I Understand the Words, but not the Sentence — 21 Comments

  1. Thank you so much for this encouragement for me to go with the flow and be patient. I was feeling lost in Jalup beginner and getting confused and frustrated over one sentence. After an email from you I decided to relax and move on, even though I didn’t have full understanding of what I’d just read.

    You were right. My understanding is increasing. The next time I feel stressed and confused I’ll remind myself to relax and keep going. You’ve reminded me that we always learn the most when we’re willing to wade through the chaos and have trust that the process will work for us eventually.

    And if I forget that wisdom, I’ll reread this post!

    • You just need to remember, it’s just one sentence. One sentence, or even multiple sentences, isn’t going to stop you.

  2. I loved this article, thank you!

    The “moving on” part is what I was having the hardest time with in the beginning. I thought that I couldn’t move on until I learned that one word or phrase that was giving me difficulty. It wasn’t until I just tried and failed but moved ahead anyway in the lesson that I was studying that I soon started understanding or remembering the word. It just took time and realizing that not knowing that one thing was not a learning block making me unable to continue.

  3. The hardest part for this with me is when there are a number of “don’t understand” cards, and they keep popping up regularly. I think one thing that has been useful for me, is to not press “again” so often. I usually keep them on a relatively short cycle until I can recall the reading and the kanji key word, then let the interval slide further away. This way there is at least some sense of achievement. Eventually things make sense. If not now then 10, 100, 1000+ cards down the track they will! (that, and exposure to them in the immersion world)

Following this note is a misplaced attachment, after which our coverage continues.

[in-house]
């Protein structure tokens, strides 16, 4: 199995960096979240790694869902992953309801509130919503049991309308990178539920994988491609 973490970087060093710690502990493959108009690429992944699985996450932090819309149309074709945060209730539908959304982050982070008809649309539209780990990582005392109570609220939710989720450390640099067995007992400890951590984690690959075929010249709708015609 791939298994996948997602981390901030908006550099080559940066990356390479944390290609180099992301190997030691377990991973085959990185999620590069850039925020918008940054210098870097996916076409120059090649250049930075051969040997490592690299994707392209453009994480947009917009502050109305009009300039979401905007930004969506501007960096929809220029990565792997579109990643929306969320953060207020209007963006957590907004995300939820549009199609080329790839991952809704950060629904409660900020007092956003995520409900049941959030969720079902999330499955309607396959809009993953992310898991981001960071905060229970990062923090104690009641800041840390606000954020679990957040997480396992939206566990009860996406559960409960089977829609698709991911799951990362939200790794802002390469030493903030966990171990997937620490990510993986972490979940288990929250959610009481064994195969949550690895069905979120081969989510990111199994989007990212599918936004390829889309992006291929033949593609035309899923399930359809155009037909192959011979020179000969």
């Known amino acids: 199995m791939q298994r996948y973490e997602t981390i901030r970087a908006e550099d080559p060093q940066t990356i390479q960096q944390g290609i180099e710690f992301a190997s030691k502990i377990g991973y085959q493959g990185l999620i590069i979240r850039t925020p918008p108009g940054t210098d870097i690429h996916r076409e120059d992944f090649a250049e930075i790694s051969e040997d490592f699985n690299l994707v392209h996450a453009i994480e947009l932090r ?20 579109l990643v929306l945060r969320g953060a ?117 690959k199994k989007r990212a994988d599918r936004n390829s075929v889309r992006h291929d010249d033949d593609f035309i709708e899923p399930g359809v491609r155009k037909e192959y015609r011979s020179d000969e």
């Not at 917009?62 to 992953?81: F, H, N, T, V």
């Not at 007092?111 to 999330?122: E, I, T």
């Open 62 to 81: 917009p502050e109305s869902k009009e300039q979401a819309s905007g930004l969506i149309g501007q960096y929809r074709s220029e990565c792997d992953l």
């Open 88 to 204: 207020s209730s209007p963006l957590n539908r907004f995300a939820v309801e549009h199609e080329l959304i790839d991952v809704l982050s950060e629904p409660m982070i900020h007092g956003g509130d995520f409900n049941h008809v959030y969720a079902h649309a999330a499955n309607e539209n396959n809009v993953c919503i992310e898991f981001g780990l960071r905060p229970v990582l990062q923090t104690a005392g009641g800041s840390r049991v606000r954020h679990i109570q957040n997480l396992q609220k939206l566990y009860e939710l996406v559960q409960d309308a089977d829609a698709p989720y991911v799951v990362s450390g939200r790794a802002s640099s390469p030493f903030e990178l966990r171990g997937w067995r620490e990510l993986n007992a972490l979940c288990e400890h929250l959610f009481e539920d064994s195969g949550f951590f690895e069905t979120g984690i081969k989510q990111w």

• You and Jesper both touch on this, and I think it’s very important to reiterate- It’s OK to not use “Again” when you fail a card. Sometimes pushing it off for a bit longer (with the other answer buttons) will actually give you better results the next time you see it =)

      • Matt gave me this advice early on, and it made my studies way more enjoyable. Also became a lot more efficient as my immersion doubled or more.

        if you’re struggling with individuals sentences, spend less time in srs environment and up immersion !

    • Very good point. It’s okay to push off cards in the future even when you don’t understand them. Because sometimes seeing them a dozen times in the next few days isn’t going to change anything, and they need to be viewed later.

  4. Having finished Jalup 5000 about a year ago, I can attest to this being totally true. While learning the cards I often encountered sentences that made no sense to me at all, even though I felt that I knew all the bits. I now find that these sentences often feel obvious when I review them. Somehow my brain connected all the bits over time. This is actually very encouraging when it happens, because I obviously still encounter sentences that I don’t understand in my own studies. But this simply doesn’t worry me, because I know that if I just learn the new words and grammar, I will eventually connect the dots.